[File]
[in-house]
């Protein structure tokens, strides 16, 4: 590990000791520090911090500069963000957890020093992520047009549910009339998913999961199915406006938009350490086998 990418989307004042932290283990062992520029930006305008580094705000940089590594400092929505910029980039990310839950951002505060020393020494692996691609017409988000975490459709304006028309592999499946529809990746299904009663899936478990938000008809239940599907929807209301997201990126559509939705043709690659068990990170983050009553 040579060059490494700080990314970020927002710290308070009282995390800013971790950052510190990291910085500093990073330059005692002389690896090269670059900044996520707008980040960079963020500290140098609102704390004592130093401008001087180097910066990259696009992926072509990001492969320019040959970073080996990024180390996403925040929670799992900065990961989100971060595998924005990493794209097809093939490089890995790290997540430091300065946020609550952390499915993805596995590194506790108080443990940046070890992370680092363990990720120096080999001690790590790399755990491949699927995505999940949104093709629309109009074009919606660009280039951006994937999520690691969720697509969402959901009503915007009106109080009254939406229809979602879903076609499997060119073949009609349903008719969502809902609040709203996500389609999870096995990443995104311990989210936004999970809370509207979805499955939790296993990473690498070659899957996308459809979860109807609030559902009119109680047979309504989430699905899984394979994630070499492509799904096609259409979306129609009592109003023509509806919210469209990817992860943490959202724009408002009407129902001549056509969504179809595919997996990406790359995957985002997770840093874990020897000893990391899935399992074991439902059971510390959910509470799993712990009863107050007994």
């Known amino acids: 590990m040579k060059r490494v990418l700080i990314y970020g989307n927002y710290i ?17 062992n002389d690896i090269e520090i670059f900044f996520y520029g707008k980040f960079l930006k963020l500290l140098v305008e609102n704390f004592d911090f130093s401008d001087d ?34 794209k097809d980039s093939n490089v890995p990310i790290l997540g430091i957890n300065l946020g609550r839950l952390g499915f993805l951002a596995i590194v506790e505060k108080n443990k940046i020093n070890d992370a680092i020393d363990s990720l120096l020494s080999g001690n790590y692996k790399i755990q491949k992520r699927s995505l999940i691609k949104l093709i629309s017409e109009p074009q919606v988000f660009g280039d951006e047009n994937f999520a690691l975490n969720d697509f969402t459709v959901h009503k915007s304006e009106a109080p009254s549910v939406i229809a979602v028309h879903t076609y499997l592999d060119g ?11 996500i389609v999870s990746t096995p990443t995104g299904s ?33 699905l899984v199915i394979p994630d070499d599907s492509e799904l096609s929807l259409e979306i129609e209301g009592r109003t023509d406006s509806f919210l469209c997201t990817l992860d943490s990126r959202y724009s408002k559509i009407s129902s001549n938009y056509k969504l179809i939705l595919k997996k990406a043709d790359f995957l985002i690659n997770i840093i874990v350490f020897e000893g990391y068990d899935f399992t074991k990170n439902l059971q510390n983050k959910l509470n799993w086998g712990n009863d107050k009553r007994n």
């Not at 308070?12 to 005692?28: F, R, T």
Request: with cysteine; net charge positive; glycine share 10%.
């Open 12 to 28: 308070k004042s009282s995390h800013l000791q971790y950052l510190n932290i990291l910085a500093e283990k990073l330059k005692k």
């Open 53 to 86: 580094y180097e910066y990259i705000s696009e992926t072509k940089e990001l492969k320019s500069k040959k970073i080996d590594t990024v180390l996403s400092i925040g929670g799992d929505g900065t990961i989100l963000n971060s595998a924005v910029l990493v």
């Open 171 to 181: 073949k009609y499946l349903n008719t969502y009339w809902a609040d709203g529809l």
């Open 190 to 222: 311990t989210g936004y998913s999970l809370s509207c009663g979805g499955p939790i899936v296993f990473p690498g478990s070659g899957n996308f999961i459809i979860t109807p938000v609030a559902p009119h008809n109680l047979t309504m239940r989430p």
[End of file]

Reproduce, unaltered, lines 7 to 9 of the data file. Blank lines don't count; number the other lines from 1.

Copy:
């Open 53 to 86: 580094y180097e910066y990259i705000s696009e992926t072509k940089e990001l492969k320019s500069k040959k970073i080996d590594t990024v180390l996403s400092i925040g929670g799992d929505g900065t990961i989100l963000n971060s595998a924005v910029l990493v």
């Open 171 to 181: 073949k009609y499946l349903n008719t969502y009339w809902a609040d709203g529809l």
């Open 190 to 222: 311990t989210g936004y998913s999970l809370s509207c009663g979805g499955p939790i899936v296993f990473p690498g478990s070659g899957n996308f999961i459809i979860t109807p938000v609030a559902p009119h008809n109680l047979t309504m239940r989430p």